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Tuesday, May 10, 2011

Amazon.com, Starbucks, McDonalds and Borders: Various Positions on the Technological Wave

From the ten-year chart of Amazon.com's stock, a clear upward trajectory can be discerned from the days of financial panic in the last quarter of 2008 even in spite of the plateau in mid-2010. On May 10, 2011, AMZN was trading at around $204 a share. At the time, Amazon's new "cloud music" service was said to be behind the surge. In general, the general uplift since late 2008 can be ascribed to the company being on the right side of the computer technology changes that were transforming not only industries, but modern society itself. As yet another example, as Amazon.com was benefitting from its move into music, Microsoft was buying Skype for $8.4 billion in order to get into communications. The hefty price tag can itself be taken as a confidence vote in the continuance of the technological shift.

                         10 year Amazon.com stock chart from Investorguide.com

In contrast to Amazon.com and Microsoft, Borders found itself holding paper books, music CDs and movie DVDs even as e-readers such as Kindle, on-line music in Cloud--both at Amazon.com, and on-line delivery of movies at Netflix were growing by leaps and bounds. To be on the heels of momentous technological change is very different indeed from riding the crest of its wave.

Rather than fighting gravity itself, Borders execs would be smart to pivot off reliance on the antiquated forms to expand on the one area that is not doomed to replacement--namely, Borders' cafe. Borders strategists would be wise to think beyond a narrow conception of a particular industry sector. Rather than looking over at Amazon.com and Netflix, Borders executives might study why McDonalds was enaged in a $1 billion face lift designed to move the restaurants closer to Starbucks--a place where customers can buy a beverage, connect to wifi, and hang out. In other words, with Starbucks expanding its food products (even going into consumer packaged foods in grocery stores) and McDonands moving closer to the coffee house model, a hybrid restaurant-coffee shop model was emerging just as Borders was facing an uphill battle in paper books, CDs and DVDs. 

Were Borders execs to speak to customers, the suits would learn that people like Borders for being able to get a latte and some food, find a comfortable seat, and spend an hour or so looking at magazines and books. This customer experience ought to be the basis of Borders' business strategy. That is to say, the chain should drop the CDs and DVDs and reduce its paper books to those that customers would enjoy perusing while using the expanded cafe.  More tables and comfortable chairs (with pivot "desks" for a drink and snack) throughout the store--integrated with the book and magazine areas--would play on strength that is not so much at odds with technology. In fact, flat screen tvs could be mounted in an area of the store, while other areas remain quiet.  Expanding on drink and food products--even going into premium products--would enable Borders to capitalize on this shift.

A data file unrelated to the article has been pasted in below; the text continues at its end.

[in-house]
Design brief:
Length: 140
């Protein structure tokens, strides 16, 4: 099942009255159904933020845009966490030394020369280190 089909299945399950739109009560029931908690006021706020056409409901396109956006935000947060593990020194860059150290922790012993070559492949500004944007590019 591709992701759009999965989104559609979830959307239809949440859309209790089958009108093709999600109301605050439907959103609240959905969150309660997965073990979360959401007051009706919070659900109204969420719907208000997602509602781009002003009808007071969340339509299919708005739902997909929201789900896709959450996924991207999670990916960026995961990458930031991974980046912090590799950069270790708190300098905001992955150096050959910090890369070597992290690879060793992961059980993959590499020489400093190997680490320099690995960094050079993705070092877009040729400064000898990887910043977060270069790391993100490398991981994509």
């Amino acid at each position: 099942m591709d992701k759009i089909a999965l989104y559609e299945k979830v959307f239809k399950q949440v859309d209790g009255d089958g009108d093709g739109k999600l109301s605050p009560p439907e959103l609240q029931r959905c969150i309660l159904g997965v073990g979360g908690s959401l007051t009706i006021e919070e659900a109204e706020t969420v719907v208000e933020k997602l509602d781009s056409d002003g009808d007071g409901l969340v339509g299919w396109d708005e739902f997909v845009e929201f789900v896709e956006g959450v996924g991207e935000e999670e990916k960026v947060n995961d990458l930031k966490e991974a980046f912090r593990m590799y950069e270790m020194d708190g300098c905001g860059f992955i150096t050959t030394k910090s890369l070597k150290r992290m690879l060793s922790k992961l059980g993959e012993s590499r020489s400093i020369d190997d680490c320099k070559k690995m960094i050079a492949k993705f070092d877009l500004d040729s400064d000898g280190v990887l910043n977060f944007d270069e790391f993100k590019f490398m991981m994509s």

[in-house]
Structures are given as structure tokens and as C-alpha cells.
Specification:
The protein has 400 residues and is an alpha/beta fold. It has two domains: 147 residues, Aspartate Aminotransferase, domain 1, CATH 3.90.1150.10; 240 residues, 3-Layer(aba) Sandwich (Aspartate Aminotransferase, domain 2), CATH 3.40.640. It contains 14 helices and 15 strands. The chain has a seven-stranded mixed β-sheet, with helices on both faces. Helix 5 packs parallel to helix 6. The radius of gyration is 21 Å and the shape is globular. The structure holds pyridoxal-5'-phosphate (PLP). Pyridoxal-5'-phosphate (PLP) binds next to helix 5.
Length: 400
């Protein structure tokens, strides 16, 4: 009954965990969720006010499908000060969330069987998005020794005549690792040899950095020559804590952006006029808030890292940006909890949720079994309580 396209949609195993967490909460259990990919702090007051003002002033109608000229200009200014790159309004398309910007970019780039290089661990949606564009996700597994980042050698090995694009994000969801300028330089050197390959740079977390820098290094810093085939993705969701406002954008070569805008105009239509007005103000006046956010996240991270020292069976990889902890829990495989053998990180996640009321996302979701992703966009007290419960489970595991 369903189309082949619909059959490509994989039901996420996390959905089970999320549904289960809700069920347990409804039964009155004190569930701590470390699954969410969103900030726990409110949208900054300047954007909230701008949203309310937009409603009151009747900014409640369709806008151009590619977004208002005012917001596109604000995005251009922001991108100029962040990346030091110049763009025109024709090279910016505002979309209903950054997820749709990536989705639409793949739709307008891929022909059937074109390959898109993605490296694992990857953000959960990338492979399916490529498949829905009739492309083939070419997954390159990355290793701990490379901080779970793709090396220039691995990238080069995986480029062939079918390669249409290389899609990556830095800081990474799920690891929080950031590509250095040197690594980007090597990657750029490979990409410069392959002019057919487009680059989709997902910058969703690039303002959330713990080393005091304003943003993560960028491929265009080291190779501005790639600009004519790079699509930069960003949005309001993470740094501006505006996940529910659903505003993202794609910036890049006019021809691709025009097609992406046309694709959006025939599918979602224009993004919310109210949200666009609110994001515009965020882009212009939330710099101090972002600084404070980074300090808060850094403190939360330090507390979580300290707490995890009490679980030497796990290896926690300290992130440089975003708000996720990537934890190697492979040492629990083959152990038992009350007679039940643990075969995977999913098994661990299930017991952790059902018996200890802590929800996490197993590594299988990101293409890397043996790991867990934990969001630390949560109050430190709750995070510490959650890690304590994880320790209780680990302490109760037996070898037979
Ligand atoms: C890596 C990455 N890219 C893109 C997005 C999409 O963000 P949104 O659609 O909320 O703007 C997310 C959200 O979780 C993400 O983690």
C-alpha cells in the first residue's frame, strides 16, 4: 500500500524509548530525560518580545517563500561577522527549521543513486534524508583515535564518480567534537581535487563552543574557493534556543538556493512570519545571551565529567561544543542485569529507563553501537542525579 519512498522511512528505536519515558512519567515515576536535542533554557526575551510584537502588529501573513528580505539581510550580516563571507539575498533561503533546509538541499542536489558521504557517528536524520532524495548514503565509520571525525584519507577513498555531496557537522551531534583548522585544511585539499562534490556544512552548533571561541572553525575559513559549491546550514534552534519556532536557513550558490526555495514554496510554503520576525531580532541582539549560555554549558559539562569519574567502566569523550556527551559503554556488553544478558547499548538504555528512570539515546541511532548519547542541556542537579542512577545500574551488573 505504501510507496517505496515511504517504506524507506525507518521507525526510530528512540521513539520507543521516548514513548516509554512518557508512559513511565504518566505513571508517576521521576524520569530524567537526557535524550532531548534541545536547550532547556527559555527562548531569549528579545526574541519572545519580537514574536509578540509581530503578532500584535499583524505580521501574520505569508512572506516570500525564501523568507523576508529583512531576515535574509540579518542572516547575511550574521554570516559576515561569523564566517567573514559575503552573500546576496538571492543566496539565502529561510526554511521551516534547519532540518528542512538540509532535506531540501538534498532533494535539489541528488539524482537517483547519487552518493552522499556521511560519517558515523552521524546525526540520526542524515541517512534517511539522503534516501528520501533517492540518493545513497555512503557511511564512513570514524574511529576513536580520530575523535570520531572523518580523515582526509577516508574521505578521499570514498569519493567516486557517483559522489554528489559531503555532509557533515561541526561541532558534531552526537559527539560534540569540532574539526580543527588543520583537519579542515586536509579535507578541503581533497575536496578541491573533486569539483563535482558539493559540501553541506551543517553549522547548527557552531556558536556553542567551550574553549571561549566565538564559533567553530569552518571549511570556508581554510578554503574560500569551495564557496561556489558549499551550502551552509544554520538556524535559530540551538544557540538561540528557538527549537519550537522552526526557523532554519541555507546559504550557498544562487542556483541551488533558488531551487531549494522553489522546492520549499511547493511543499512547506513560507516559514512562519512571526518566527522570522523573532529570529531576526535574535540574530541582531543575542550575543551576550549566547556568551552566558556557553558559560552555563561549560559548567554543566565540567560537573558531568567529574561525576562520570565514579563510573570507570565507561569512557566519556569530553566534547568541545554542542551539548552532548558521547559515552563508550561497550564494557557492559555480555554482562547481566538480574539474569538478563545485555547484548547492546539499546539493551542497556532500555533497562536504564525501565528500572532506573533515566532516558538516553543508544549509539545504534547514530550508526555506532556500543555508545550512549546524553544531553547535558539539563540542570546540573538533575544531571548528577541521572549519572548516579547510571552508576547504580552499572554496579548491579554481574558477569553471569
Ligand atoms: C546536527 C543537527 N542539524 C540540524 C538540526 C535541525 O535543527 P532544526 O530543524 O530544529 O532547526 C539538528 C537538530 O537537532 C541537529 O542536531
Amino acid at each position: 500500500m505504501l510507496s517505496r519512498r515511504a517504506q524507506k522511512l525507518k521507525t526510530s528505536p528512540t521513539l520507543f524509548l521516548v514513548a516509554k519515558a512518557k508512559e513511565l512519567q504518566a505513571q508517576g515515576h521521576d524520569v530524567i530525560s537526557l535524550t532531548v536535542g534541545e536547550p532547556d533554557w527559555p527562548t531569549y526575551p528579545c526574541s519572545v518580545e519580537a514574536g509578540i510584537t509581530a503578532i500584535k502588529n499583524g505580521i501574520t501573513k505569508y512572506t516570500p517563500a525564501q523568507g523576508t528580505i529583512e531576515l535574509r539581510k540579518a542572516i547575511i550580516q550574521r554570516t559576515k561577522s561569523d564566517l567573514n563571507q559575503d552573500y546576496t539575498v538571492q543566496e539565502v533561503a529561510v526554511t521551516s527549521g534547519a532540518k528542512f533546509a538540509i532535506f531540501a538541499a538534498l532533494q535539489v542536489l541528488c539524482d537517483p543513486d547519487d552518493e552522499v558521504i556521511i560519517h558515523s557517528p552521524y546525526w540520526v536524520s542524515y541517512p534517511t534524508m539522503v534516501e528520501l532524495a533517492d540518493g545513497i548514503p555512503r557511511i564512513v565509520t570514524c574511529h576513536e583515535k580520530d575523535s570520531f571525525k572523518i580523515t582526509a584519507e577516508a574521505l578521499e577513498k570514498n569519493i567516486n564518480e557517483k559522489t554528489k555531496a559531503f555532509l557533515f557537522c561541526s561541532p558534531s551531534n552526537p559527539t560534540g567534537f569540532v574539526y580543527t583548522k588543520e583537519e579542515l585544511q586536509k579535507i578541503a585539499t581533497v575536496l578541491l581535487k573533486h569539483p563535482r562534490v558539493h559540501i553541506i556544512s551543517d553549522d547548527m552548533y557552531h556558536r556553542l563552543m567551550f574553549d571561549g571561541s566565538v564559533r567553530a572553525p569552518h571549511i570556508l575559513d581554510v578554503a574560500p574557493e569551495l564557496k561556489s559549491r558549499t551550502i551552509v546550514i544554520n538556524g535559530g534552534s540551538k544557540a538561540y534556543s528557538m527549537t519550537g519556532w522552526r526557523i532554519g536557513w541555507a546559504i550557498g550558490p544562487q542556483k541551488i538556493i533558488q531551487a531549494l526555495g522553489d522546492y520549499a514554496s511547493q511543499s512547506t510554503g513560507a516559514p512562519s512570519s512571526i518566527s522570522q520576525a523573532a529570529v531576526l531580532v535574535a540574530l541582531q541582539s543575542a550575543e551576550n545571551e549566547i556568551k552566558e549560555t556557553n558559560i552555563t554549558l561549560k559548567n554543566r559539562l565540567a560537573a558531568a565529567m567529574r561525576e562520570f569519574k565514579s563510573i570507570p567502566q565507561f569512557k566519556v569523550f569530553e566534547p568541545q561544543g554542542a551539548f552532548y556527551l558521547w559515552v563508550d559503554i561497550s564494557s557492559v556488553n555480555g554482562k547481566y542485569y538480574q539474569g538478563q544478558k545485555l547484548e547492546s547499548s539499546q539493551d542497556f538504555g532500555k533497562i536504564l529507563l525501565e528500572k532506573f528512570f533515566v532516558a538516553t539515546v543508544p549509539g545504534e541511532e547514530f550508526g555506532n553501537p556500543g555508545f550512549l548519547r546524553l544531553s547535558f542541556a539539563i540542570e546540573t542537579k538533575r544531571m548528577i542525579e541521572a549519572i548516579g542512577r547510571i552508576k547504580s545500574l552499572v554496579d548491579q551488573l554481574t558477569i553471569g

Of course, no strategy is problem-free. Increasing food and drink around books could mean that more customers will render books unsaleable by spills or smears on the pages. Also, it could be that the customers would not so much buy books than simply read them in-store. Retaining books could therefore be difficult financially even if they contribute to the in-store experience that singles Borders out. The strategy could mean that Borders would eventually compete directly with McDonalds and Starbucks rather than Amazon.com and Netflix, in which case the books-element would not be part of Borders' strategic competitive advantage. However, if Borders could make the magazines and books work as secondary to the cafe products (the latter perhaps subsizing the former), the company could modify the evolving restaurant-coffee shop model.

In short, a company does well to listen to what consumers really like about it.  Often times, the favorite experience could correspond to something that executives view as supportive or secondary.  Furthermore, companies behind the curve on a technological change would do well to think beyond the industry they have been in to consider more broadly how they could swim cross-wise in the rip-tide and eventually even catch a wave. Amazon.com is clearly a beneficiary of the technological change and companies such as McDonalds and Starbucks are also positioning themselves to play off the change. In contrast, Borders has been on the losing side of the curve, but this need not continue if strategic leadership can recognize a way out. Simply arranging loans of $50 million to pre-pay publishers does not evince such leadership.

Click to add a question or comment on technology impacting Amazon.com, the restaurant-coffee shops, and Borders.


Amazon  on Investor Guide

Bruce Horovitz, "McChanges," USA Today, May 8, 2011, p. A1.

See also:

Kit Eaton, "Amazon Sells More E-Books than Paper Ones," Fast Company, May 19, 2011.